Although Bastrop was one of the earliest permanent settlements in Texas, the town’s history doesn’t begin with the state, or even with the early settlers.
Long before, Bastrop County’s Lost Pines were a settlement and hunting site for Native American tribes like the Tonkawa for hundreds, and even thousands of years.
In fact, when the Hyatt Regency Lost Pines Resort and Spa was built in the mid-2000s, evidence was found of campsites and settlements dating back over 2,000 years!
The first semi-permanent settlement in Bastrop was the Spanish fort Puesta del Colorado, established at the crossing of Old San Antonio Road and the Colorado River in 1804.
16 years later, Moses Austin obtained a land grant from the Governor of Spanish Texas, along with permission to settle 300 families in the territory. Moses Austin died shortly after, but his son, Stephen F. Austin, carried out his plans instead.
After the first 300 families were settled, Austin continued to establish small settlements throughout Texas, including 100 families in what would become Bastrop. Austin nicknamed the settlement the “Little Colony,” but later named it for his friend Felipe Enrique Neri, Baron de Bastrop. This emigrant from the Netherlands was a shady character, but he helped Austin to get his land grants and served as Austin’s land commissioner.
The Resilience of Josiah Wilbarger
One of those original settlers in Bastrop was Josiah Wilbarger, whose land included the current site of Barton Hill Farms.
In 1833, Wilbarger was a member of a scouting party near Bastrop when a group of Comanches attacked. Two men escaped, and two others were killed. As for Wilbarger, after receiving both arrow and bullet wounds, he was scalped by the Native Americans and left to die. He propped himself up against a tree, and waited for the end.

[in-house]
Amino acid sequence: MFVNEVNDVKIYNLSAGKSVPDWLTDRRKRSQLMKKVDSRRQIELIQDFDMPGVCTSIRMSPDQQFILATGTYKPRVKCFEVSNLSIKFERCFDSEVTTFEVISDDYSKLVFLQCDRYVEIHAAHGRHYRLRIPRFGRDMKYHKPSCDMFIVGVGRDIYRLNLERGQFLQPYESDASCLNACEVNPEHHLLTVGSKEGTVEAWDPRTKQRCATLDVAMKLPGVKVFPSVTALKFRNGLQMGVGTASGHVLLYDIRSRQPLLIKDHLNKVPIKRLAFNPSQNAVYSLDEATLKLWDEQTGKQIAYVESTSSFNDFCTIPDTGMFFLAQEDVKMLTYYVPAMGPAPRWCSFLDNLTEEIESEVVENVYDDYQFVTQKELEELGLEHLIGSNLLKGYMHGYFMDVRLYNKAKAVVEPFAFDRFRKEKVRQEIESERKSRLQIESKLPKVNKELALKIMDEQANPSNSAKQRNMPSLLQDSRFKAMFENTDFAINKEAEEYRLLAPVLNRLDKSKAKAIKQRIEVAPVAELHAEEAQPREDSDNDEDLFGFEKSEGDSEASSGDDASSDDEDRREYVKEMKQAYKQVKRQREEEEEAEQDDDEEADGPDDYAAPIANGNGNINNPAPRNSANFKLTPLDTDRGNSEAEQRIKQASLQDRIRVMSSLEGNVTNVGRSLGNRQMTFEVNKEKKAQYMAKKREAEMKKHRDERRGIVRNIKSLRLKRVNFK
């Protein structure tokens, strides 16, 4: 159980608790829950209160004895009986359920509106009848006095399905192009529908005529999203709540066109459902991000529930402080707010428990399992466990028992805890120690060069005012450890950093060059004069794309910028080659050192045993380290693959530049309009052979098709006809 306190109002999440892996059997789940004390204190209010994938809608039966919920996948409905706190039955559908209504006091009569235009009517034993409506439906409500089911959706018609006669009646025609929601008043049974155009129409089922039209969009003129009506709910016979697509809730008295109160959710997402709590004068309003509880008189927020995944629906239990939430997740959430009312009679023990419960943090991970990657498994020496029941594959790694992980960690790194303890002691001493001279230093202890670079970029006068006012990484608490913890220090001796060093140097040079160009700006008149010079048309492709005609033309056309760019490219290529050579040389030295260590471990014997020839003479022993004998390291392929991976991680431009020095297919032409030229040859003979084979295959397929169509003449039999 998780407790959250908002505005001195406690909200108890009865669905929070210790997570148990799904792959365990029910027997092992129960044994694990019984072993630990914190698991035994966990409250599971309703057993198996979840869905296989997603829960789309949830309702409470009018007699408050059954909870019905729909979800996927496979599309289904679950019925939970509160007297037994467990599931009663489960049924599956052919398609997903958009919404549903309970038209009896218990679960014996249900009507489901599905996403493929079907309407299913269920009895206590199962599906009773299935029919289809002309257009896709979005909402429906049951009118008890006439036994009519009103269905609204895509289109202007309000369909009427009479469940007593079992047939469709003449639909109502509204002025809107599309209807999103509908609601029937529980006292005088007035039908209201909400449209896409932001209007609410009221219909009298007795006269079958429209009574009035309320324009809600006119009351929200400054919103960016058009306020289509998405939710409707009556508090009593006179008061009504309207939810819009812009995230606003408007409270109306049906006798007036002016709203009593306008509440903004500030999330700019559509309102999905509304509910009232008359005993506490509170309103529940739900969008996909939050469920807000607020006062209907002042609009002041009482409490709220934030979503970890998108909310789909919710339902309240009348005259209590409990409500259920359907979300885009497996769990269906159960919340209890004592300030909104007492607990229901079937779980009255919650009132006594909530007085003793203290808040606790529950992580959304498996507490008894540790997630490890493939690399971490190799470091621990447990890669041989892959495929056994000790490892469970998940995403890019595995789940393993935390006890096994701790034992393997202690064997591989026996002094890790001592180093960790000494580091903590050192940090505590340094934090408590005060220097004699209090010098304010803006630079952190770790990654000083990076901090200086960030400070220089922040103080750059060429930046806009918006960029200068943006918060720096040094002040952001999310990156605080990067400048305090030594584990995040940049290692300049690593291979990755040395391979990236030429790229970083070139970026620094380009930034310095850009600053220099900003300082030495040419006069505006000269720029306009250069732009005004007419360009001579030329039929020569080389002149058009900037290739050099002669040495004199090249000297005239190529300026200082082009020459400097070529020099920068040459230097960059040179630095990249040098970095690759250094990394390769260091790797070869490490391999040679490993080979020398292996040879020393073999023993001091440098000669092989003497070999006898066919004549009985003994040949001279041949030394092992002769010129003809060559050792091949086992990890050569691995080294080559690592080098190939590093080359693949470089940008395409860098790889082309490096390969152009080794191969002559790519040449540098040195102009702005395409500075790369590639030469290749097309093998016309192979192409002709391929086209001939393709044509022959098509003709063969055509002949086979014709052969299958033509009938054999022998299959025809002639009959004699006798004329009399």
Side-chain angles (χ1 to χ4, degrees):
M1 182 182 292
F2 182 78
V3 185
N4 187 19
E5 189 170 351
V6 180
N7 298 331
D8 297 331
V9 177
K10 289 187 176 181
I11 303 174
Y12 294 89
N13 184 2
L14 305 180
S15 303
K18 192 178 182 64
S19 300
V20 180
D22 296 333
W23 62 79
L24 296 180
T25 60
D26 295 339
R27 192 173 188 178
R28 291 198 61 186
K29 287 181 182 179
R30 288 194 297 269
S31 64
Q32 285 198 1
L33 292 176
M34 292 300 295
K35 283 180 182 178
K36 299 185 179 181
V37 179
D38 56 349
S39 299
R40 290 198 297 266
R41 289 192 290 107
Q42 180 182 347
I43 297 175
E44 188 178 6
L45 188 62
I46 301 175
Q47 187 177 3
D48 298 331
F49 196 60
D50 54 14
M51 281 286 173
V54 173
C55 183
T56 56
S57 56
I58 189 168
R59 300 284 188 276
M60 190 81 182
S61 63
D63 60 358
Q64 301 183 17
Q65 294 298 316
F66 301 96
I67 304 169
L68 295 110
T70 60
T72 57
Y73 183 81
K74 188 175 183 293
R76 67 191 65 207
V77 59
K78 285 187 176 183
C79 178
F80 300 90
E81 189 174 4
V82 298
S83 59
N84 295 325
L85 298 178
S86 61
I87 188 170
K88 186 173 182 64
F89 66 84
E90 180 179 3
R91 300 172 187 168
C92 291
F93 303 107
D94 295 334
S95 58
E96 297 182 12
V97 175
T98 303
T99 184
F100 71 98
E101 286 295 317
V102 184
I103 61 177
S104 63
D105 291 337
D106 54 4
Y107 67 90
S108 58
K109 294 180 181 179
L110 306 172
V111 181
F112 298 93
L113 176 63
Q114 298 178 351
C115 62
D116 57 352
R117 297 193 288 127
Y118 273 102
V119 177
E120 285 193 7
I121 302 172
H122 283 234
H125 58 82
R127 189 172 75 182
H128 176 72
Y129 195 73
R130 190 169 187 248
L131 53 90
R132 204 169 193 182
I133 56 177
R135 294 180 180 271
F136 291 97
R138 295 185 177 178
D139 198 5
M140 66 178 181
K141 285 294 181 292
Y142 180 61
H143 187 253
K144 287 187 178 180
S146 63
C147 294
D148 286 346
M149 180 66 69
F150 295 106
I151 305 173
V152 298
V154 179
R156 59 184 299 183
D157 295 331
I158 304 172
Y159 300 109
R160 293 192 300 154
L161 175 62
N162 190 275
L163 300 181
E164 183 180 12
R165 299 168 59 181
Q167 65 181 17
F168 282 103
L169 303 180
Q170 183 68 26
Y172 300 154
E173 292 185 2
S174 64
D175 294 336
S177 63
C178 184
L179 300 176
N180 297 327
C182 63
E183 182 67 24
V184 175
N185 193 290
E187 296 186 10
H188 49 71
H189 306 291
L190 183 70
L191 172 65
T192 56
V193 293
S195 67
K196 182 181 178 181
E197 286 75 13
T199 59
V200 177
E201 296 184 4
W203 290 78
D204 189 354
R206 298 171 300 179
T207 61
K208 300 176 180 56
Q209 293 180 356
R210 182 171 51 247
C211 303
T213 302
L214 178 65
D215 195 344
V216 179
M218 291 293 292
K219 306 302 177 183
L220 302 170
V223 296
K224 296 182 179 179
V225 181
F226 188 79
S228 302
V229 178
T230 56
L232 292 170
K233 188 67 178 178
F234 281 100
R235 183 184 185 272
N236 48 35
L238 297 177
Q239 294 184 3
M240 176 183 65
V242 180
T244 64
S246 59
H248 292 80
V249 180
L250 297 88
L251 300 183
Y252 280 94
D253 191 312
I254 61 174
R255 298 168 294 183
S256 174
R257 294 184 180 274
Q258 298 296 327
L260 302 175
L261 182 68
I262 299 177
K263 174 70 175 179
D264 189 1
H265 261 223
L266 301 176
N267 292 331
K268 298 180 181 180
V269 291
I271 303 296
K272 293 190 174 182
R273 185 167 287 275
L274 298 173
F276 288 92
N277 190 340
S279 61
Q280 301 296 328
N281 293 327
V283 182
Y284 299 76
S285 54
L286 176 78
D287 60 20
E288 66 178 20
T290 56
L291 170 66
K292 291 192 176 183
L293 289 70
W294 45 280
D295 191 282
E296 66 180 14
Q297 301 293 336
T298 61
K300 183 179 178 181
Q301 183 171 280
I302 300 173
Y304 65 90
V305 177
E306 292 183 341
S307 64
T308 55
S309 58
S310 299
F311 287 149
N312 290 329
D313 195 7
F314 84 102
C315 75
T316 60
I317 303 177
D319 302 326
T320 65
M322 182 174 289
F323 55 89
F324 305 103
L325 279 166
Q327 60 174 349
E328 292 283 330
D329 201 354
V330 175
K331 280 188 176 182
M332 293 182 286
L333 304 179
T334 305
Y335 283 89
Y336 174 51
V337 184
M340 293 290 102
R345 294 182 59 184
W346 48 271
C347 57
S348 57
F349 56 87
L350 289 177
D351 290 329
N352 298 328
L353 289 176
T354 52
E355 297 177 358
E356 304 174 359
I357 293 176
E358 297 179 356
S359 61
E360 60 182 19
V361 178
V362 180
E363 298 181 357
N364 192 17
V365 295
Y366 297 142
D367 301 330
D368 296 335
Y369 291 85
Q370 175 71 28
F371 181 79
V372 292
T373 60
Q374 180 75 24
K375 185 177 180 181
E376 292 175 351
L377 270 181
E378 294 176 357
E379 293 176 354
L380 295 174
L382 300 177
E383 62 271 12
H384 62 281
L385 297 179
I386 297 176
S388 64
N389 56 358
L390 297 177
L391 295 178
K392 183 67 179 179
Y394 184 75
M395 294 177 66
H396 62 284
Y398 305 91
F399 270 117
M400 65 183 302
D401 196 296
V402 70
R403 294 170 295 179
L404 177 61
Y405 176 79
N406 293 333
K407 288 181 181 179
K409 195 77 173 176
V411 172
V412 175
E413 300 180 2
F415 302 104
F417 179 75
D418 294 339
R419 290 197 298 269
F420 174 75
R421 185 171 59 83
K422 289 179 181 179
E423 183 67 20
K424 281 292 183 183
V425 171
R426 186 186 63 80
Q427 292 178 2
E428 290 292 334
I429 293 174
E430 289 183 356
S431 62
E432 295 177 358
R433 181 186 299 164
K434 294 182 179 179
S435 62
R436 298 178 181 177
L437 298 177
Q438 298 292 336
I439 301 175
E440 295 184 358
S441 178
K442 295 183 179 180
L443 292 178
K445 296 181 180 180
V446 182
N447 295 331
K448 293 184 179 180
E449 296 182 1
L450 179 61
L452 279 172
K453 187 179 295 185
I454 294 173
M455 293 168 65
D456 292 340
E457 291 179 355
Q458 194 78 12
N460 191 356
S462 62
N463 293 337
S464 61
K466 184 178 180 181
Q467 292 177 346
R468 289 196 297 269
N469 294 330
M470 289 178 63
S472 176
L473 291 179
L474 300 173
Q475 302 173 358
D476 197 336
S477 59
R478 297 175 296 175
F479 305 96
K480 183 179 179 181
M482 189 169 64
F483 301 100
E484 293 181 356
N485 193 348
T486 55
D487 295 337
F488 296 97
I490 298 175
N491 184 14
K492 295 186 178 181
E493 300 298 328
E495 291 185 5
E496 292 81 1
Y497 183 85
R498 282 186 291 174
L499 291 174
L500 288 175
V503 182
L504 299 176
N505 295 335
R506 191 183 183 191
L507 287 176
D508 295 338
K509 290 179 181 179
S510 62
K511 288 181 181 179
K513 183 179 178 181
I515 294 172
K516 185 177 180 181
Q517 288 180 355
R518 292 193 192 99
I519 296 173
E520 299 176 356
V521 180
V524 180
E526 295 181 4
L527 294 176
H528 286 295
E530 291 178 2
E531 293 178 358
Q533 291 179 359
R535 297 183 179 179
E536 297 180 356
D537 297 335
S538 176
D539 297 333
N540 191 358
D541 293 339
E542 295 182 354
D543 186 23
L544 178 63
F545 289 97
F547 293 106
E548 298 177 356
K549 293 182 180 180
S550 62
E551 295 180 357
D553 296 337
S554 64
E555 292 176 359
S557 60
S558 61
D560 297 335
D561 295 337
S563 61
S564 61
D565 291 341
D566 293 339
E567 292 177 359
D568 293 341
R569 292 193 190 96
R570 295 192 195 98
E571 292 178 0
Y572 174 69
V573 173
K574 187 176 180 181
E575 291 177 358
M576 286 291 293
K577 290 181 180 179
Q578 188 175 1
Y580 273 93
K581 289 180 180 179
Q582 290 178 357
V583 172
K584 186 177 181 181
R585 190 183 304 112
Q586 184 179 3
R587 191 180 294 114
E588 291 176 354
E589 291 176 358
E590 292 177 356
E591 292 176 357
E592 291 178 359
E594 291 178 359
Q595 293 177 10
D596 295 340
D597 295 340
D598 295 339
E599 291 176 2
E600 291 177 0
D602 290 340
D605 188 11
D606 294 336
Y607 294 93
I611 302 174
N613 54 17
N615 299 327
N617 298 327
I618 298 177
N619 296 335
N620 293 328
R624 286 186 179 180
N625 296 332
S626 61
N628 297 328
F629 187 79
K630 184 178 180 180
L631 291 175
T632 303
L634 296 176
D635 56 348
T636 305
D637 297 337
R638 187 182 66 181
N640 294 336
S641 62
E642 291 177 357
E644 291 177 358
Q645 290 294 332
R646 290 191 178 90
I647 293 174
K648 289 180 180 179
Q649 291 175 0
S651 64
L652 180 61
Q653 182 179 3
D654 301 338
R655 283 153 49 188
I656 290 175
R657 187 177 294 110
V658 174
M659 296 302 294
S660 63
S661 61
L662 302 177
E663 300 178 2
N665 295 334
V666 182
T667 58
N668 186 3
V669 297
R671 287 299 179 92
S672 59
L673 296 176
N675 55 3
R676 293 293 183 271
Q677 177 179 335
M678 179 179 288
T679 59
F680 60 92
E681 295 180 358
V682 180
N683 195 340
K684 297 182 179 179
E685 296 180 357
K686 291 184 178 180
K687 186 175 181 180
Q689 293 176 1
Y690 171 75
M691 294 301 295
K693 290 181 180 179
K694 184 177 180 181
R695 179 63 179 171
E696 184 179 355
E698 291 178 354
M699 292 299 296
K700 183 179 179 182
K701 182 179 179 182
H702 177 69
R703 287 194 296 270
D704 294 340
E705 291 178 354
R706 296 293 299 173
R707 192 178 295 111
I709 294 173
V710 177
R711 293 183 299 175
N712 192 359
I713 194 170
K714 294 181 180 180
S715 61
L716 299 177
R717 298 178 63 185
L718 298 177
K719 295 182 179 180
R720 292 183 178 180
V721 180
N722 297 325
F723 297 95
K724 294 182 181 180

As he drifted in and out of consciousness, Wilbarger saw a vision of his sister, Margaret, urging him to stay where he was, because help was coming. At about the same time, one of the attack survivors reached friend Reuben Hornsby, and told him what had happened. That night, Hornsby’s wife, Sarah, dreamt that Wilbarger was still alive under an oak tree. She insisted that her husband go to look for him.
Hornsby was surprised to find Wilbarger, still alive, and right where his wife had indicated.
Wilbarger survived. He was amazed to learn that his sister — the one who had appeared to him in a vision — had died the day before the attack. He lived for another 11 years, and continued to work the land that we care for today!
Bastrop and Texas Independence
Although it was a small colony, Bastrop was an integral part of the fight for Texas’ Independence.
The first Texan killed in the Revolution, Richard Andrews, was from Bastrop. Three of the signers of the Texas Declaration of Independence hailed from the “Little Colony,” too. And settlers of the area fought and died at both the Alamo and the Battle of San Jacinto, where the Mexican army was defeated.
Unfortunately, the town was entirely destroyed in 1836 when the Mexican army razed it as they chased settlers east across the territory. It was rebuilt and incorporated under Texas law in 1837.
Bastrop thrived over the next 30 years, providing timber from the Lost Pines to the surrounding area, especially Austin, the newly formed capital of the Republic of Texas.
A fire in 1862 destroyed most of the downtown, but it was rebuilt in the following decades, along with many charming Victorian-style houses and buildings which are still standing today.
Bastrop in the 1900s
Bastrop grew quickly in the early 1900s, although it’s always been a small town. The local lumber and coal industries dominated industry until the 1940s, when Camp Swift was established nearby. The population of the town swelled to 5,000 as the camp filled with troops training to go overseas.
After the camp emptied when the war ended, quiet came back to the town. Although Bastrop is the county seat of Bastrop County, it has embraced its small town roots as Austin continues to grow and expand to the east.
In 1979, the National Register of Historic Places selected 131 buildings and sites to add to its listings. We’re now considered the “Most Historic Small Town in Texas.”
Located within a short drive of Austin, Bastrop is the perfect place for a day trip or a weekend getaway. As you walk through our charming downtown and take in the sights of the Colorado River, remember that the history of Bastrop is the history of Texas.